If one notes that this reaction is catalyst free one might also wonder if a catalyst might be added. I would particularly be interested in the very interesting ceramic radiocesium titanate (perhaps in a nanostructured system with barium fluoride) because of the reaction mechanism, and the properties of titanates in photochemical-like systems. (Radiocesium titantanates have historically been synthesize as "waste forms" but I don't believe in "waste." I consider radiocesium titatanate to be one of the most potentially useful fission product based materials imaginable; it's a shame about fear and ignorance, which will prevent the exploration of this material's utility until a less stupid generation comes along.)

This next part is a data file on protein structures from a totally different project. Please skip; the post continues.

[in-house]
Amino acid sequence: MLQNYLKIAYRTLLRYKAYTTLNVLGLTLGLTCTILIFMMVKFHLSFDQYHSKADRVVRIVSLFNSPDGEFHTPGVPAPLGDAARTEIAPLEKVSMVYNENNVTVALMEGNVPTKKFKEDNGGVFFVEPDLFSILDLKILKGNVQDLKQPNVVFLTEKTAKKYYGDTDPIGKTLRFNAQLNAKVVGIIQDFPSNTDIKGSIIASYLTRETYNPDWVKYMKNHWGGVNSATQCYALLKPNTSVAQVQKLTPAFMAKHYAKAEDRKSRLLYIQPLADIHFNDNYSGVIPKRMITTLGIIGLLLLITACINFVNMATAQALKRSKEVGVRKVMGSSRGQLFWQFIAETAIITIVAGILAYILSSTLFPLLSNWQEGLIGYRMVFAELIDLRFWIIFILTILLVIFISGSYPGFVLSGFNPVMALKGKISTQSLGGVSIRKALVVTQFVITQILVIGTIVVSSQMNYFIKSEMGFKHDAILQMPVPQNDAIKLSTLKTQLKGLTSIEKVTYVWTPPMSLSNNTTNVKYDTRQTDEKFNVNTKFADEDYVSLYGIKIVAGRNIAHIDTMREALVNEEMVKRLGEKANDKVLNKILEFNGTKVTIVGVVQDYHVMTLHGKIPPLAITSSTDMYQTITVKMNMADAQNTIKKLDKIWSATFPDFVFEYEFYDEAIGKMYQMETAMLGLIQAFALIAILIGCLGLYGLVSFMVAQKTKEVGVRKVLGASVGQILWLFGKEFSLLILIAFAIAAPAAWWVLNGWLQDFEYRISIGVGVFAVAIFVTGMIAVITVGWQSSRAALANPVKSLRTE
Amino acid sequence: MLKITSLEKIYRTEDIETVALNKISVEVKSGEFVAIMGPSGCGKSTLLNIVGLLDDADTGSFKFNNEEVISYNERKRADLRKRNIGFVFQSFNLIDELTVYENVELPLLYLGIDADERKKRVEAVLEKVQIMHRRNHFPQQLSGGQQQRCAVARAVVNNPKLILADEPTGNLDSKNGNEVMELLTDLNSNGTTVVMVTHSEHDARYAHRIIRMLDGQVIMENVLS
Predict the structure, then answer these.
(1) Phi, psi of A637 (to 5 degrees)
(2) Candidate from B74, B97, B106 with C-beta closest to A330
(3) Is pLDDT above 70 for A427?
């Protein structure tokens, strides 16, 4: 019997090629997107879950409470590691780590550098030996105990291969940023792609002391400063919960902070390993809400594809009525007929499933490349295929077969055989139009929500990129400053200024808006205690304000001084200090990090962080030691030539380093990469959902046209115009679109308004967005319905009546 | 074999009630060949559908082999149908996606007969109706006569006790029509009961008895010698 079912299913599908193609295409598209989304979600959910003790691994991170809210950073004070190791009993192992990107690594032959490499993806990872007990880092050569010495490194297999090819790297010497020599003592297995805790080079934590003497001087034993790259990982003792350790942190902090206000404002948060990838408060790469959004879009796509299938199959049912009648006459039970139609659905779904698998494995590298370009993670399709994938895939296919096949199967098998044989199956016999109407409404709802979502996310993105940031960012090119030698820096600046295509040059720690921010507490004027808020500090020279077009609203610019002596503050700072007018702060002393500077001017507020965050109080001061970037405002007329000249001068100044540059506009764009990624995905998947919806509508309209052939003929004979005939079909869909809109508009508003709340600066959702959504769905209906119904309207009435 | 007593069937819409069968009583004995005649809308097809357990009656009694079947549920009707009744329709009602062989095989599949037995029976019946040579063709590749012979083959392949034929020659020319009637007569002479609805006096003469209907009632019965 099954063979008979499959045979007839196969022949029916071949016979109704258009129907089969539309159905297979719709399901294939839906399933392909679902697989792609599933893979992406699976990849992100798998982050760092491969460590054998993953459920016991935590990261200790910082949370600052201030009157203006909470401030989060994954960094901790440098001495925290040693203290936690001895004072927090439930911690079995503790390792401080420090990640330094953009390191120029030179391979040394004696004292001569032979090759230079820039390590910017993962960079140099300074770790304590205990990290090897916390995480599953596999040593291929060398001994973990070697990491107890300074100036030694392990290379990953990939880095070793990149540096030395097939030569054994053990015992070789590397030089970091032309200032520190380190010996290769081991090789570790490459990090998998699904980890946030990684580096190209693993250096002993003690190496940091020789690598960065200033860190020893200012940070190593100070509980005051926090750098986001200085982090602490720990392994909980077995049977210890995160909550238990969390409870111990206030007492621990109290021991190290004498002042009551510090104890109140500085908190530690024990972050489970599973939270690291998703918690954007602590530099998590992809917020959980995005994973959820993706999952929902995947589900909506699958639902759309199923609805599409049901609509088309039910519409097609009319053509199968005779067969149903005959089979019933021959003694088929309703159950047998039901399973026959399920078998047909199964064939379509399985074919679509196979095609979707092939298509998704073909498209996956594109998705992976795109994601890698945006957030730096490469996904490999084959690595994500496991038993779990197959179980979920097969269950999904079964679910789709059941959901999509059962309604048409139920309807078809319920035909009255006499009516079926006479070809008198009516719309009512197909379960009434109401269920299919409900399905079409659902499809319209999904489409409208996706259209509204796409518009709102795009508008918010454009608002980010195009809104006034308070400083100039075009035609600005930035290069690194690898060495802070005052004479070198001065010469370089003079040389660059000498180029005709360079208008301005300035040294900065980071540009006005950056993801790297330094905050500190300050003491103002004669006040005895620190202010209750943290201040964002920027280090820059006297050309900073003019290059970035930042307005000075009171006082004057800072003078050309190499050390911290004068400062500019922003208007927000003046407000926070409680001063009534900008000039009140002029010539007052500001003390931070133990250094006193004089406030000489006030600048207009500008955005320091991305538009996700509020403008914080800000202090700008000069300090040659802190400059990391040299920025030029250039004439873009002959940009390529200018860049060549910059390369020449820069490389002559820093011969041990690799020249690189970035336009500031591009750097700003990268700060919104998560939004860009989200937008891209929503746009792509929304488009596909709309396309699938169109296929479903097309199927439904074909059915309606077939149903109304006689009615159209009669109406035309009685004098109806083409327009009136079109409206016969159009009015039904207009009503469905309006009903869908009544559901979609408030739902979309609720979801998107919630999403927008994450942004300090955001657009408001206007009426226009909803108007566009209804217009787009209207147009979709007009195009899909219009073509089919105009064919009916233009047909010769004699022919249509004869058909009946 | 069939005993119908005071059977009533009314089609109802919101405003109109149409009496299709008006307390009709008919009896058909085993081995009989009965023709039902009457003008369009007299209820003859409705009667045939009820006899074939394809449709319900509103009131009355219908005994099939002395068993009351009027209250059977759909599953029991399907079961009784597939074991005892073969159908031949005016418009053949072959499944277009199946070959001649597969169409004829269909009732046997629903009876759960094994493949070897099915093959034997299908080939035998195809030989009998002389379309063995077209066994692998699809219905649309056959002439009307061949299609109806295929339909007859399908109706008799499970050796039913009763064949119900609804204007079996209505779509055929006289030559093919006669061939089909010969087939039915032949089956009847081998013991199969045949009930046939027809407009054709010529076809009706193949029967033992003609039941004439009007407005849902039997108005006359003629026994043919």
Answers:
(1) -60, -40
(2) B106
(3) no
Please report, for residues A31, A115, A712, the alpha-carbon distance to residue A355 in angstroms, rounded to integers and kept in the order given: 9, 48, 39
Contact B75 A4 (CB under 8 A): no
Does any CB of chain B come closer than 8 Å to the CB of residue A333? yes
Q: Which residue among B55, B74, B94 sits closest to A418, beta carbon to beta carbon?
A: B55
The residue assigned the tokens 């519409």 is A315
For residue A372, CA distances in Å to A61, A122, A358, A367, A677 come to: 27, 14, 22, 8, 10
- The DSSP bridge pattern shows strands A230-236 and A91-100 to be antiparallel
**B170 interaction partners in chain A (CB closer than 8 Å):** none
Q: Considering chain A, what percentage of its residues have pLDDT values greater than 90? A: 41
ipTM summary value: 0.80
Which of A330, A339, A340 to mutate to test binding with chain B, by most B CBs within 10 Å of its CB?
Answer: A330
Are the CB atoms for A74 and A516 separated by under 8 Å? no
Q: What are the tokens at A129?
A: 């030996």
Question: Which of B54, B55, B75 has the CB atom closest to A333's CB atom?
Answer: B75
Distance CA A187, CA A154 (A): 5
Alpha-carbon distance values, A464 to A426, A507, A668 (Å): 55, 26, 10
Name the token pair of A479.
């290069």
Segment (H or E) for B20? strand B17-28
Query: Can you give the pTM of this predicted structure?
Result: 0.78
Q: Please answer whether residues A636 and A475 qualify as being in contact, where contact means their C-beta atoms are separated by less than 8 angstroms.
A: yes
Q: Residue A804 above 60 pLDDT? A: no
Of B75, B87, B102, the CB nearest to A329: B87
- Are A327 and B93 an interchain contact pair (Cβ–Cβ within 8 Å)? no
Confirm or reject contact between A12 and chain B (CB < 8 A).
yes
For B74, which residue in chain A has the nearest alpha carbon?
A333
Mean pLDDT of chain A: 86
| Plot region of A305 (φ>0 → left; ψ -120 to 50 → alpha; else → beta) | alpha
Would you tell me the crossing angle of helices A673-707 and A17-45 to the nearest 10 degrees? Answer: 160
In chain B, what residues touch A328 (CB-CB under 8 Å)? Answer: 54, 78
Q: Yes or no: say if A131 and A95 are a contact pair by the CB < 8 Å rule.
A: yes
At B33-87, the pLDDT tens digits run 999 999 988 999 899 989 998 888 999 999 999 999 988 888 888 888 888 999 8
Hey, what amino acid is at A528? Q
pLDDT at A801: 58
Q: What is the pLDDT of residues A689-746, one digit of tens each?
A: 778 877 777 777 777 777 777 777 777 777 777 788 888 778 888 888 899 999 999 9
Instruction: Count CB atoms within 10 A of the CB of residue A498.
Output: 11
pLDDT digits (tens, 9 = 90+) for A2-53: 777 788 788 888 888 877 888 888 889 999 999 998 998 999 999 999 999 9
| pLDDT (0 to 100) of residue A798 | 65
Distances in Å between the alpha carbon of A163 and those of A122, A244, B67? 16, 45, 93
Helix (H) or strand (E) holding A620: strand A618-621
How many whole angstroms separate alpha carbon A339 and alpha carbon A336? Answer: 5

Such a system would effectively require no energy input other than the decay of radiocesium and a source of cyclohexane.

(I may post over in your Science Group some interesting physical chemistry connected with the conversion of high energy radiation to light energy that was just published in one of the journals I am coming to love, using one of my favorite elements, uranium.)

Here is a discussion of the mechanism (and the quantum yield) from the original paper: